Research Article

Bilateral fetal uropathy: what is the outlook?

BMJ 1989; 298 doi: https://doi.org/10.1136/bmj.298.6685.1419 (Published 27 May 1989) Cite this as: BMJ 1989;298:1419
  1. R. J. Arthur,
  2. H. C. Irving,
  3. D. F. Thomas,
  4. J. K. Watters
  1. Department of Diagnostic Radiology, General Infirmary, Leeds.

    Abstract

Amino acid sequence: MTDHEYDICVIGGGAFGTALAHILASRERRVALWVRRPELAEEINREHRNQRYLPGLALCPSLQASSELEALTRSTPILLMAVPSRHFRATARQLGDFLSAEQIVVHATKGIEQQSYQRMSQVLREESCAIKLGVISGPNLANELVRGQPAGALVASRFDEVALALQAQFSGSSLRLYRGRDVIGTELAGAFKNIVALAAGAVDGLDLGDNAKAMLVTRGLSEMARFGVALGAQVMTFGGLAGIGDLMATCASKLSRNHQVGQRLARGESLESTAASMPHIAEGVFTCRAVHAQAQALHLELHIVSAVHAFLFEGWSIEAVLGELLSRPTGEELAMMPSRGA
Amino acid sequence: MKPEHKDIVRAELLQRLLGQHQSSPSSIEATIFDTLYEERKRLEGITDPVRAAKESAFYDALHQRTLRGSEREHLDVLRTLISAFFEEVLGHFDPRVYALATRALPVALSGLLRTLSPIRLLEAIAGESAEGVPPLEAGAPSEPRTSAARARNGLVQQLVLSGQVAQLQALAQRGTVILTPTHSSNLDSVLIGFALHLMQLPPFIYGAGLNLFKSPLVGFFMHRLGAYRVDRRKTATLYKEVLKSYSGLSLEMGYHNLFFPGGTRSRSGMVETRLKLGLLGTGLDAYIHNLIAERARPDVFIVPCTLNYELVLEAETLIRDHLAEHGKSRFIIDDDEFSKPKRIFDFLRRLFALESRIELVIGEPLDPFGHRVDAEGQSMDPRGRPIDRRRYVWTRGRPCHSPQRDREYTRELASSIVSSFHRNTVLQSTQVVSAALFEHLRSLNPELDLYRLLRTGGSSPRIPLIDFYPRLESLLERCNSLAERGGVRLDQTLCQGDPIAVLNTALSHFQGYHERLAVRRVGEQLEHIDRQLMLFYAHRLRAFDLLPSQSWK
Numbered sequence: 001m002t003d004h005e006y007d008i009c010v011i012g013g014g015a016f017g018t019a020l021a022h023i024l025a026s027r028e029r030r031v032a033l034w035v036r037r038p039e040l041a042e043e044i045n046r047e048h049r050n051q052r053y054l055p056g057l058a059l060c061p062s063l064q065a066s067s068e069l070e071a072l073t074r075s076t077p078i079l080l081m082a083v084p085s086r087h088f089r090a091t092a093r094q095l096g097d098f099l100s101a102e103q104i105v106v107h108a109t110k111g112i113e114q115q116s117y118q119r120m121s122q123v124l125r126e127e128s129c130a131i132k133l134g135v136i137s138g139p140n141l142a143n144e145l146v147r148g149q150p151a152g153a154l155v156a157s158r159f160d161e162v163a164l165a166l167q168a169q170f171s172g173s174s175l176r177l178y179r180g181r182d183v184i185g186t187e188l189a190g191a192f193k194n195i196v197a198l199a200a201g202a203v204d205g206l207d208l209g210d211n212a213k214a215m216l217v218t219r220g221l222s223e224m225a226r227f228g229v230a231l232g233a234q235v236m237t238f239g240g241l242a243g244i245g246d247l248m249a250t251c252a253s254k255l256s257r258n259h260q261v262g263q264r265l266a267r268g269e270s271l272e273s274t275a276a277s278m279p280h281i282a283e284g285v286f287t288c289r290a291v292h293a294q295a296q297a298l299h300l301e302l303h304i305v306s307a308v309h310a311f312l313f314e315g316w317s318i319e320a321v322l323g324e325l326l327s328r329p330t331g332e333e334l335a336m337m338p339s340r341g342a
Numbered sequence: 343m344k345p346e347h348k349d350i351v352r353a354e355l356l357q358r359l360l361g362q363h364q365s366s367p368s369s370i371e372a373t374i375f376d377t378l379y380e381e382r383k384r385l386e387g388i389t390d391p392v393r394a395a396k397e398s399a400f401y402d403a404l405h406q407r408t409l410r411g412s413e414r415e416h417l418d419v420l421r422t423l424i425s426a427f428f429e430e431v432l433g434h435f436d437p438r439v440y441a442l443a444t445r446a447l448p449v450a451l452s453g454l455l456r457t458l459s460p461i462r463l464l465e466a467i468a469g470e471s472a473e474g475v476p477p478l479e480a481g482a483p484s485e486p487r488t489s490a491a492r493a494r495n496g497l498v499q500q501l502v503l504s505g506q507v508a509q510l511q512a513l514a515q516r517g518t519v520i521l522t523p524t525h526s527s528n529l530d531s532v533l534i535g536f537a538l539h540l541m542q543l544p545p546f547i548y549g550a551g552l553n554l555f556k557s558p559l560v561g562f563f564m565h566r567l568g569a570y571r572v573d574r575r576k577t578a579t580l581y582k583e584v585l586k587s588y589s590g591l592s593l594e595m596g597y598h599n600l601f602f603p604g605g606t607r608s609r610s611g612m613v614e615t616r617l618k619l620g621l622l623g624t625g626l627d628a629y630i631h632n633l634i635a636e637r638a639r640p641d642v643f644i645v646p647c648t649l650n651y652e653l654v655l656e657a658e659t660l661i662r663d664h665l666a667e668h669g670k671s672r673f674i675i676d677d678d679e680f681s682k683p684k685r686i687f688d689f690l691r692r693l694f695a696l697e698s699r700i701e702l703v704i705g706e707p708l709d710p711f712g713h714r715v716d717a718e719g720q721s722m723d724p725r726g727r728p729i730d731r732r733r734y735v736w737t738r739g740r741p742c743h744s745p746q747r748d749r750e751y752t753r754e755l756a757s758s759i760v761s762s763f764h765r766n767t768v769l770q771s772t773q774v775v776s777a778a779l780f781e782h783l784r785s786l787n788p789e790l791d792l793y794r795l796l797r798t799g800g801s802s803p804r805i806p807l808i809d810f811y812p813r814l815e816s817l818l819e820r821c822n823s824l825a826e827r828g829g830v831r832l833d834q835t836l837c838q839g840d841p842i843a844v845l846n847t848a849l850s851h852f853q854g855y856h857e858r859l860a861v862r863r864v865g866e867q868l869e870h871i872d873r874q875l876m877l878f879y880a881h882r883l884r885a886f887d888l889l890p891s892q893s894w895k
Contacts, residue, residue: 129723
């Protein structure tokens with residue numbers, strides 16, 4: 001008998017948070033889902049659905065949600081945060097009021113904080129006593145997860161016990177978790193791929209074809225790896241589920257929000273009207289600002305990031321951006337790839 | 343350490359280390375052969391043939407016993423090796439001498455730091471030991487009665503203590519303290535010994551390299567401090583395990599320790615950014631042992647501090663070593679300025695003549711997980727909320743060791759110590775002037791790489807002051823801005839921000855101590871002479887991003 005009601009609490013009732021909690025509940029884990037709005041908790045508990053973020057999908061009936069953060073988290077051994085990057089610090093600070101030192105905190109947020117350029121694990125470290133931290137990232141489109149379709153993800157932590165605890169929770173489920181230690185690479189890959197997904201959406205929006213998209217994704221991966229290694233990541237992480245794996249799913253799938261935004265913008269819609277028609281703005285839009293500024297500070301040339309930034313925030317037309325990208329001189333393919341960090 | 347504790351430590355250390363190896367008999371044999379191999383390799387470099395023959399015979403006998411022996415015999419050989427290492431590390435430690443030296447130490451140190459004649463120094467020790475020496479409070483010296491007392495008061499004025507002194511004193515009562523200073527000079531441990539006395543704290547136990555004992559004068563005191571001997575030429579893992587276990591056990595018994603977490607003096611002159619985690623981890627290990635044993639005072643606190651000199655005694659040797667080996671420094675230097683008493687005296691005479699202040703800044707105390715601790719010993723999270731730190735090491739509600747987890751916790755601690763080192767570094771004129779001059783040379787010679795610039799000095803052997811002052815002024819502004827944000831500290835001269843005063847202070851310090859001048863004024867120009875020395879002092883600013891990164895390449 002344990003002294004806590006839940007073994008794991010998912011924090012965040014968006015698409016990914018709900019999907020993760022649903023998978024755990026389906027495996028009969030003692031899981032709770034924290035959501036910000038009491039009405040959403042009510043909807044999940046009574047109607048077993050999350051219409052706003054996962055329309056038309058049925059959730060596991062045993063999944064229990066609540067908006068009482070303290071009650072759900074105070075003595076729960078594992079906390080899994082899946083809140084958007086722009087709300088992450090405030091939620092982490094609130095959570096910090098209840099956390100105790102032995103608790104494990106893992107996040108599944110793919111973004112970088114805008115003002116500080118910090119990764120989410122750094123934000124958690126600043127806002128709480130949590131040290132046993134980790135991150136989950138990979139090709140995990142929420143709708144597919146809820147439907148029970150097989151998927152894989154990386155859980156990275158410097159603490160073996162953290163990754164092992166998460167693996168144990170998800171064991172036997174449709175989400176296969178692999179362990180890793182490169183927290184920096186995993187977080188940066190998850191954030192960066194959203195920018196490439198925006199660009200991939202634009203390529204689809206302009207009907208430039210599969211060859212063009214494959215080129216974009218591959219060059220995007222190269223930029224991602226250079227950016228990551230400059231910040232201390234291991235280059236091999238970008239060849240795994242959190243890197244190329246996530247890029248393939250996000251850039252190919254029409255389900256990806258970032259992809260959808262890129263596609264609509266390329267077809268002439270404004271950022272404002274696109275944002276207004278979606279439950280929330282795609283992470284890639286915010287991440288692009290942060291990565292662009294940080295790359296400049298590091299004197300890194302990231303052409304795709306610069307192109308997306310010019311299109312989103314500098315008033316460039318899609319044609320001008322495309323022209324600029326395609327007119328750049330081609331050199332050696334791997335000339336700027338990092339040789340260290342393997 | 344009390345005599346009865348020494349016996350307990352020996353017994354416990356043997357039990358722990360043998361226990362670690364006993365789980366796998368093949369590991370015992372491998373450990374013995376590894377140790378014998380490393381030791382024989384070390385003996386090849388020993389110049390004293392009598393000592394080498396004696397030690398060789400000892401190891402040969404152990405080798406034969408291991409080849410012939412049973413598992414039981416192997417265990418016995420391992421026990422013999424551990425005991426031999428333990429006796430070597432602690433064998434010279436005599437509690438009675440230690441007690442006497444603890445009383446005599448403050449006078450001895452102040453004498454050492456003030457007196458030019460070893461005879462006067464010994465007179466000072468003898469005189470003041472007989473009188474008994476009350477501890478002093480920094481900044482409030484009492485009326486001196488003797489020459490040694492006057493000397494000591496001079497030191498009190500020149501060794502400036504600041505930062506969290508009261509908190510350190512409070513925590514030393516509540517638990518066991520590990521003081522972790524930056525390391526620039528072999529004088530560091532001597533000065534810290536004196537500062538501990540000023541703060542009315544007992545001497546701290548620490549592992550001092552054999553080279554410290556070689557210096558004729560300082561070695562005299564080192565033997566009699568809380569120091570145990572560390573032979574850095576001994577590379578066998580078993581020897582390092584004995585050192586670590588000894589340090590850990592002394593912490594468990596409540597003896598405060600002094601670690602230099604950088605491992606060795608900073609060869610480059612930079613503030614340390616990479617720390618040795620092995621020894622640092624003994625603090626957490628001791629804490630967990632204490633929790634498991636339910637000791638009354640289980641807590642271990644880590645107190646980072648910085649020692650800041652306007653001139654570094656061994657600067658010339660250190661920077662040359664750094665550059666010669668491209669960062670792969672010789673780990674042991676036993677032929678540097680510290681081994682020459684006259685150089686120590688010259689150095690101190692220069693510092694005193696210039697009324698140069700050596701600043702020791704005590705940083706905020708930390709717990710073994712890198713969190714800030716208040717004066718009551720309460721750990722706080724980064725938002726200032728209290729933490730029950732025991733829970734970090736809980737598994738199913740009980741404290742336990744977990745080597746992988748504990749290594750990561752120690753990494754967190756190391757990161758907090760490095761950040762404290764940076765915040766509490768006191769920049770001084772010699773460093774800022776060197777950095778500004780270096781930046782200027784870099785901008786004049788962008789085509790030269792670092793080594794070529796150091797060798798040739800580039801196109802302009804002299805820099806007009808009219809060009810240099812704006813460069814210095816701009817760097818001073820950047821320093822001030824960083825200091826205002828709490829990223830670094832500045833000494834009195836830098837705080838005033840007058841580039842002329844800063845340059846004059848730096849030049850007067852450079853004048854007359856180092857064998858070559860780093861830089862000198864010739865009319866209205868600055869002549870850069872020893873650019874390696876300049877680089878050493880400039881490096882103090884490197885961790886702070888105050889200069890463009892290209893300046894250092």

OBJECTIVE--To assess the morbidity and mortality associated with a prenatal diagnosis of bilateral fetal uropathy. DESIGN--Retrospective study. SETTING--Departments of radiology, paediatric surgery, obstetrics, and pathology in two teaching hospitals that serve as referral centres for the Yorkshire region. PATIENTS--126 Cases of fetal uropathy were referred either prenatally or postnatally from hospitals in Yorkshire between August 1982 and December 1987. The disease was bilateral in 54 cases and unilateral in 72 cases. In 14 cases bilateral fetal uropathy was associated with coexistent disease. INTERVENTIONS--All cases were managed individually by an obstetrician after discussion with the radiologists and paediatric surgeons. Babies who survived were treated prophylactically with antibiotics after delivery and were operated on if appropriate. END POINT--Assessment of prognosis for long term renal function for each baby referred between August 1982 and December 1987: follow up ranged from six months to five years. MEASUREMENTS AND MAIN RESULTS--Of the 54 fetuses with bilateral fetal uropathy, 13 were terminated as the prenatal findings of ultrasonography were considered to be incompatible with long term survival. Ten of the liveborn babies died, five of renal or pulmonary insufficiency, or both, and five of associated congenital anomalies. Thirty one infants survived to follow up; four of these had serious coexistent disease and two had impaired renal function. Thus the overall mortality was 43% and the morbidity rate 19%. The renal anomaly was associated with other serious disease in 14 cases (26%) compared with two (3%) of the 72 cases of unilateral fetal uropathy. All but two of the 27 infants with isolated bilateral urinary tract disease had excellent prospects for survival. CONCLUSION--Although bilateral fetal uropathy is associated with a high morbidity rate and mortality, careful prenatal assessment can help to identify fetuses with a poor prognosis. The outlook for a fetus with isolated renal disease if treated promptly after delivery is excellent and compares favourably with that reported after prenatal surgical intervention.